What can we do if we are given material we are required to teach?  I, for example, don’t like teaching “I” statements (like I feel blank because blank). Instead of just teaching I statements for a class, I can share how I believe “I” statements are not enough, that there must be deeper change within a person.

When you find what you are passionate about, don’t be afraid to show that you are passionate.  Showing what we feel is a risk, but a risk worth taking.  Being willing to share how I feel is a hard lesson I’ve learned over and over again (and will continue to learn).

By removing the shoulds and focusing on what we are passionate about, we will no longer imitate those boring speakers we have all suffered through (and sometimes been).  Go out there, find a purpose, and make a difference!

Creating a Creativity Plan

I always believed I was a creative person, so I never thought about creating a plan to improve my creativity.  I picked up creative strategies I heard and sought out other strategies, but a plan to improve my creativity was not even an afterthought. The last assignment of my creativity class this semester has been to write a plan to improve my creativity this summer.  I was hesitant at first, but the self reflection on my creative abilities has been helpful.  I believe I may actually improve my creative skills, after all it’s about deliberate practice, not just an inborn talent.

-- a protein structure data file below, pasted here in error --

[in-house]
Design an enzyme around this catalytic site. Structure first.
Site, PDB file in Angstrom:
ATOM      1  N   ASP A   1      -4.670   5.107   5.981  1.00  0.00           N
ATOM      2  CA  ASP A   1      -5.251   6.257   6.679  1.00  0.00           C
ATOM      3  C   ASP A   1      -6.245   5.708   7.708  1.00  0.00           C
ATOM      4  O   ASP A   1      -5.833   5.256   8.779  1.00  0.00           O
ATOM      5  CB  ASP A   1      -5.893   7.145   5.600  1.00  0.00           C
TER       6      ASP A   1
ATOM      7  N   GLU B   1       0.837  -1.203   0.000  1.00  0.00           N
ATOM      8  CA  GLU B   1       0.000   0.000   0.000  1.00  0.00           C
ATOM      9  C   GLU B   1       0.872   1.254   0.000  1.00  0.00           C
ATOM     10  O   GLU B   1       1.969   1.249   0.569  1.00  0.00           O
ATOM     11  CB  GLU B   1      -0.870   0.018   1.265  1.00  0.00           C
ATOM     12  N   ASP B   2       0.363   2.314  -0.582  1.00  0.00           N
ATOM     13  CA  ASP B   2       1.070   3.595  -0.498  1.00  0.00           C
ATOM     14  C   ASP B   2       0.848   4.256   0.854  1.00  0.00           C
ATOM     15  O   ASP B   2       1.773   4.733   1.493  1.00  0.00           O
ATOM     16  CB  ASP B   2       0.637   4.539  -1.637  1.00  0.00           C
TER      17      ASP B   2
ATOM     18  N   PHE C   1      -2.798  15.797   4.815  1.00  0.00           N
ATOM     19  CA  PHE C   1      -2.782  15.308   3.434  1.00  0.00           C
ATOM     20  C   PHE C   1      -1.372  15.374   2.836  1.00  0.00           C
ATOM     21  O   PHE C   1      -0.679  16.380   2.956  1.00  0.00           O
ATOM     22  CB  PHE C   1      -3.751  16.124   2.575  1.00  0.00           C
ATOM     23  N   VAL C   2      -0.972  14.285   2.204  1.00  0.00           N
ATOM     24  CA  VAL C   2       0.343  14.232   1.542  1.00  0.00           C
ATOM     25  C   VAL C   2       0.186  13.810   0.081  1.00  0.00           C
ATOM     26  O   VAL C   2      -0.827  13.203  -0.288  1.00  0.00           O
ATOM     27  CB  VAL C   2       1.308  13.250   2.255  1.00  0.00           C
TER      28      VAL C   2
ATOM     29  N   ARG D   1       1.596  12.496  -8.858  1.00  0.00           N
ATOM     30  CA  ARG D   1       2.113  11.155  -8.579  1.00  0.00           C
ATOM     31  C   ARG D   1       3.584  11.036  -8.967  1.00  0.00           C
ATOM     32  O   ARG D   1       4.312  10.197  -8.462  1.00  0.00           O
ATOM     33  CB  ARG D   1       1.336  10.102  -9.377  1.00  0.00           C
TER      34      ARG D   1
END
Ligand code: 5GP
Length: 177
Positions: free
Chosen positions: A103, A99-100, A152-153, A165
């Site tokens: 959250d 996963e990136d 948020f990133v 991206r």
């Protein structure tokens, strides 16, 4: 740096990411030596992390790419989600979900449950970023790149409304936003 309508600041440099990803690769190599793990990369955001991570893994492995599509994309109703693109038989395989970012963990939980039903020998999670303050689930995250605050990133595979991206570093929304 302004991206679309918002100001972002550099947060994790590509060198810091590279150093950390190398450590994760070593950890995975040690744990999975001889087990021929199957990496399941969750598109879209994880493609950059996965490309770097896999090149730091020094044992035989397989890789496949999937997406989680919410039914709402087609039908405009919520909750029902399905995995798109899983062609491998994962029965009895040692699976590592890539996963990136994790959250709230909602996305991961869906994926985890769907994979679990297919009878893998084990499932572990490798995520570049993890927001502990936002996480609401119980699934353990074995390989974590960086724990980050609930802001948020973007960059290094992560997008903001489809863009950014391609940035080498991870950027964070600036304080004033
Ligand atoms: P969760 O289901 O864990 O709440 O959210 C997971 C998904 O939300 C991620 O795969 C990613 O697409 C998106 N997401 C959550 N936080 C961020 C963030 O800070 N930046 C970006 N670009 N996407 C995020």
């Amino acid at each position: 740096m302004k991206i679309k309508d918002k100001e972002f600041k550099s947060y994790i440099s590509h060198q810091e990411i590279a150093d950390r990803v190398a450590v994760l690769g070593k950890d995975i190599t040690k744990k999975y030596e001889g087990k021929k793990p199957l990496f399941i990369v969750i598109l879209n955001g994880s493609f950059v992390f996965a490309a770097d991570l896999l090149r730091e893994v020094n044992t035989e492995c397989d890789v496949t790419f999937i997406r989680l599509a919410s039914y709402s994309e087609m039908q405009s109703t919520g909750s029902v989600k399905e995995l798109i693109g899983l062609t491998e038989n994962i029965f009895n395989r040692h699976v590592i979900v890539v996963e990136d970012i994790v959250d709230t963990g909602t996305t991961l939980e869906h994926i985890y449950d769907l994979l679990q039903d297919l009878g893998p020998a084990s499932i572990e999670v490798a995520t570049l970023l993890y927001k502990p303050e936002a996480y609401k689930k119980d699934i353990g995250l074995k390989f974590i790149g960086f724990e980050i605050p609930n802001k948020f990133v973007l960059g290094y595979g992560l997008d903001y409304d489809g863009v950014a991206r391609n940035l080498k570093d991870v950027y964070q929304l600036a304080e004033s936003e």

Here are my goals to improve my creative abilities:

1.  Elaboration.

The Torrance Test had an influence on me.  I filled out one section of the test for the class and did well on everything but elaboration–how many details I added to my drawings.  I could also improve not closing off my ideas as quickly, but elaboration had the most room for improvement.

If you read my post about the Torrance Test, I actually complained about how much weight was given to elaboration.  After a discussion with my professor, there could be good reason for the weight elaboration holds.  Many of us come up with ideas, but how many of us carry them out.  We are not willing to flesh out the details, and we never get close to a final product.  I’m still not sure that elaboration should have so much weight in the Torrance Test (many graphic design artists are taught to keep their designs simple), but I do know that I can improve on fleshing out my ideas and making them into a reality.

2.  Overcome my fears.

I was reading Awaken Your Creativity by Les Christie and she wrote about the need to overcome our fears.  She divided these fears into a fear of failure and a fear of success.  I believe I fall into both of these types of fear.

My fear of failure may come from a deeper fear that I’m not good enough.  For example, the other day I got a critique on my latest video (which I will post soon), that I say  “um” too much.  I really appreciated getting the comment, but then I started to doubt myself, was I really good enough to make videos for other people?  Who am I to try and help others?  I need a lot of help myself.

I know deep down underneath that my fears are unfounded.  I may not be amazing, like a Tony Robbins, but even he had to start somewhere.  I am only as good as I am and I just have to keep going from here.  How am I going to learn if I am not willing to try.  I know I have concepts to share that have worked for people in therapy.  I also know I have other ideas for software that could help people.  So I have to face my fears of not being good enough and keep going.